Group B Strep (GBS) accounts for up to 3.5 million preterm births worldwide according to a 2017 study on GBS during pregnancy and early infancy. The number of stillbirths due to GBS infection is a bit harder to estimate accurately because often grieving parents refuse autopsy.

Even without those numbers, however, GBS is confirmed as the leading cause of infant disease, especially in the first week of life, accounting for life-threatening ailments such as pneumonia, sepsis and meningitis.

The US is among the top five countries by numbers of pregnant women carrying the bacteria, according to WHO. We at FindMeCure would like to take this opportunity to raise awareness during Group B Strep Awareness Month and take a look at what we’re doing to battle this global issue.

What about prevention?

It’s estimated that about one third of adults are carriers of the GBS bacteria that is often asymptomatic and can live undisturbed in the digestive tract – or as is the case with women – the lower reproductive tract where it can infect the baby in-utero or be passed to the newborn in the birth canal during delivery.

So far, we rely on prevention via screening and antibiotics during labour. 60 countries have a policy of using antibiotics during pregnancy. What this often means is that an expecting mother is administered antibiotics for at least 4 hours before labour in order to prevent infecting the infant during birth.

35 of those 60 countries have a screening policy in place. In the US for example testing for GBS at 37 weeks is the standard, though doctors recommend early testing for anyone who wants to lean on the safe side.

Pregnant women should also keep in mind that GBS is a sneaky bacteria and one negative test result is not usually enough to eliminate the possibility of GBS colonisation and additional tests should be carried out later on.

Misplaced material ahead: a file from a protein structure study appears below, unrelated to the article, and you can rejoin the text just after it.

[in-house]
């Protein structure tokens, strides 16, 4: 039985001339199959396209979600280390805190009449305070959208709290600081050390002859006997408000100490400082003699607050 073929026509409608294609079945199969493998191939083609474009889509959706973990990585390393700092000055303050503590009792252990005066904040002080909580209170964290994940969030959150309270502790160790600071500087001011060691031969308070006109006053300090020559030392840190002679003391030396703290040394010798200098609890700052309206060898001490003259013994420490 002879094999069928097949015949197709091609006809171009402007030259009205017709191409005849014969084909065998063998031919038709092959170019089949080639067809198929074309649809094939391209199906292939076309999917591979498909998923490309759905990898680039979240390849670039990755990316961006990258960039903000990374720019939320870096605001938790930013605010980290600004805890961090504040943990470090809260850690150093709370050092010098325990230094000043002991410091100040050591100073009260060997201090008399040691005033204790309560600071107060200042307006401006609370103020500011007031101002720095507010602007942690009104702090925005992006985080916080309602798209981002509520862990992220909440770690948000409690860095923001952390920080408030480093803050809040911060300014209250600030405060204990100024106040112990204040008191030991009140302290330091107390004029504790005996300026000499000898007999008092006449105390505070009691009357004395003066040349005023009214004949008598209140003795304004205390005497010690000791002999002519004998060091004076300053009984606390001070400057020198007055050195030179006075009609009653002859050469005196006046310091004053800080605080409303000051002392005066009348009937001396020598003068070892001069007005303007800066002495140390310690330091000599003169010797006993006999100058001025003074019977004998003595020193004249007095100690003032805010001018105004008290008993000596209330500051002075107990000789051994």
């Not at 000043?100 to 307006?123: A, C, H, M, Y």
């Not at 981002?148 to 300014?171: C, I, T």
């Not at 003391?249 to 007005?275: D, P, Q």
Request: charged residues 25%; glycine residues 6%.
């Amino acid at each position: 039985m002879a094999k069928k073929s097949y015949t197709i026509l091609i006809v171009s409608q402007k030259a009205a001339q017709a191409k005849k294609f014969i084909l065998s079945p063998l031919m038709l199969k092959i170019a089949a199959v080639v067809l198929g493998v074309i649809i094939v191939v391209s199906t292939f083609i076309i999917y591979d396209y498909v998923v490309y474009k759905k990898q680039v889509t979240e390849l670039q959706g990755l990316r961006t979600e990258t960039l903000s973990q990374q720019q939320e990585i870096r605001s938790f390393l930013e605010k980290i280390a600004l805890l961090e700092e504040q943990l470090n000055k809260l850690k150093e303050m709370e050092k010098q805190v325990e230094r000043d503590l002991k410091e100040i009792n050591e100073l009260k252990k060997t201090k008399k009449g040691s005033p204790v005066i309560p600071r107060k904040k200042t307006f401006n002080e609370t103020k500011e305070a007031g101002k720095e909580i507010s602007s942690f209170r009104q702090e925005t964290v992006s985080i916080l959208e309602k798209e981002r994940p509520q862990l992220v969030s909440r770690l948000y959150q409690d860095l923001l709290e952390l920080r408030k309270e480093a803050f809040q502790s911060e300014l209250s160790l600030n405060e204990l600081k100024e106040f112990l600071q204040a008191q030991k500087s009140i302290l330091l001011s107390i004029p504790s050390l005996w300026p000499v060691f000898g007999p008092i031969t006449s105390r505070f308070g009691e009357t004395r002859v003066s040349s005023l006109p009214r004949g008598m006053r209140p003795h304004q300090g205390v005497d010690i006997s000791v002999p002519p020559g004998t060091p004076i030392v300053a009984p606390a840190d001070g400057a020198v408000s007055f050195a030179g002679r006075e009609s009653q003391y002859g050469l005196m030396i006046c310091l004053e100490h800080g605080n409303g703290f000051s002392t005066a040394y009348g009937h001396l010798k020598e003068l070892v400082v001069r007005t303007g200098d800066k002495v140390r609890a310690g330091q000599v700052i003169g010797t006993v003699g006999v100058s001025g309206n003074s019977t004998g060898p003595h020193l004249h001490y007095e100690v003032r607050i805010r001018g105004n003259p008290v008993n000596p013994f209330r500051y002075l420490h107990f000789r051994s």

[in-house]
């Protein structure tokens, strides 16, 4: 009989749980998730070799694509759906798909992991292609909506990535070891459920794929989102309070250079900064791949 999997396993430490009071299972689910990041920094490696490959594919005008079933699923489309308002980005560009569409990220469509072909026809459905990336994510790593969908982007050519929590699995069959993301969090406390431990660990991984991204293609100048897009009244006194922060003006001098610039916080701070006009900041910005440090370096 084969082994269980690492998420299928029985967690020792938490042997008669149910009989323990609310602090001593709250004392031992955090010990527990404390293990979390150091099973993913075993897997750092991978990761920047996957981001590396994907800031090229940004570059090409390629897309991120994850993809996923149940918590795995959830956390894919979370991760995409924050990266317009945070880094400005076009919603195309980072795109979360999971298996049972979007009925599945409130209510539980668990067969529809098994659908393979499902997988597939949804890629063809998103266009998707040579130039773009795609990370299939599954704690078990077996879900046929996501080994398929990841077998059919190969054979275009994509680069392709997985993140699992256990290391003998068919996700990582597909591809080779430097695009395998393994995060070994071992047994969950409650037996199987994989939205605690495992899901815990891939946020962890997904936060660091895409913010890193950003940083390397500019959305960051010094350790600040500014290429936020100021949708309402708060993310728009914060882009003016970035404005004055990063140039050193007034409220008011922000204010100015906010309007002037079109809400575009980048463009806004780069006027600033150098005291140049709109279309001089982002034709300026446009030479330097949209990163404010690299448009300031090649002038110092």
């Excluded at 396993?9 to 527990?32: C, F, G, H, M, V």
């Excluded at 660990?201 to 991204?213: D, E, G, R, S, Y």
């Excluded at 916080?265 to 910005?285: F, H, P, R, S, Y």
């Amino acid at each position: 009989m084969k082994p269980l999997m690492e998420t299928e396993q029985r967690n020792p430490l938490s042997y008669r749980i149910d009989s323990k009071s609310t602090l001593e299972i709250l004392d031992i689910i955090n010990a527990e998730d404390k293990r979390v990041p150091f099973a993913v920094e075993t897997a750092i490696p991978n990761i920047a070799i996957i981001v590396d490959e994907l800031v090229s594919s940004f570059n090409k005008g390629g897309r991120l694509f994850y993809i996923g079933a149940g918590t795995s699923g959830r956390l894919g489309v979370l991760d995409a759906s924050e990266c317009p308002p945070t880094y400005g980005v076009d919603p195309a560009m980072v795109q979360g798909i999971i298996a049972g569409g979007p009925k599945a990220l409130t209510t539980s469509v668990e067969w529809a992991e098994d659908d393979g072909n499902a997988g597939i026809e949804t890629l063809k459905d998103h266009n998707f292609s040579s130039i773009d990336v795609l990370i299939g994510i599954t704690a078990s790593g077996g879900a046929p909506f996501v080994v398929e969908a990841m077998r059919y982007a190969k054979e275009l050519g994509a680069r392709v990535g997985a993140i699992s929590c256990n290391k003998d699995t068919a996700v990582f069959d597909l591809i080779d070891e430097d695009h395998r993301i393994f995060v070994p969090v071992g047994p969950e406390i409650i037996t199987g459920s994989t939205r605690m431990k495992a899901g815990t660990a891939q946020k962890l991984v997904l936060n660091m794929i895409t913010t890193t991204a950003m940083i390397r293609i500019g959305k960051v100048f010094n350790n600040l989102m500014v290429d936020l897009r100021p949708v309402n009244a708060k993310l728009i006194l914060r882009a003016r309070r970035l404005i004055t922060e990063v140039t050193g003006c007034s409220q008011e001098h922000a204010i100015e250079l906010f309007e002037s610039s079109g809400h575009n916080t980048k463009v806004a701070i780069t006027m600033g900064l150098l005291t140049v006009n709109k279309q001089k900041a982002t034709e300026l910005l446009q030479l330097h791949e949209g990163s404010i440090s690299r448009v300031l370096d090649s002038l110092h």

This is not an ideal solution, however. The use of antibiotics during delivery only prevents an estimated 29 000 infants being infected with GBS a year and it’s not a good enough option in the developing countries, where most births take place at home and labs are too overwhelmed to be able to provide regular screenings.

This is not the only reason antibiotics are not a sustainable solution on a global scale, of course. We’ve already discussed here on the blog the antibiotic crisis that is already upon us. According to Joy Lawn, Professor of Maternal, Reproductive and Child Health at the London School of Hygiene & Tropical Medicine, giving antibiotics to 21.7 million women worldwide (the estimated number of expecting mothers who carry GBS) can contribute to the bacteria building resistance and becoming harder to kill both in pregnant women and in infants in case of infection.

Is there a vaccine?

Professionals in the field advocate for a vaccination policy implemented on a global scale, as this is by far the best solution in both wealthy settings and in countries with a developing economy.

Several vaccines against GBS are now in development, but none is available yet. According to WHO such a vaccine should be a bigger priority than it is now, as it can prevent 231 000 infant and maternal GBS cases if it reaches 90% of women and is 80% effective.

In the fight against GBS two strategies can be employed when developing vaccines. One is developing polysaccharide conjugate vaccines – a type a vaccines made by attaching a poor antigen to a strong one in order to provoke a strong response by the immune system against the poor antigen, which is often a polysaccharide, hence the name, while the other one, the strong antigen, is a protein.

The other path researchers can take is developing recombinant protein vaccines – these vaccines are made by inserting the DNA of an antigen that provokes an immune system response into bacterial or mammalian cells.

By 2015 according to the NCBI only polysaccharide-based vaccines had been tested in clinical trials. If you see this as a worthy cause and you’d like to speed up the process of developing new prevention and treatment methods for GBS, you can search for clinical trials in our database. We’d all like to see GBS eradicated and we hope by raising awareness we inspire more people to take action.

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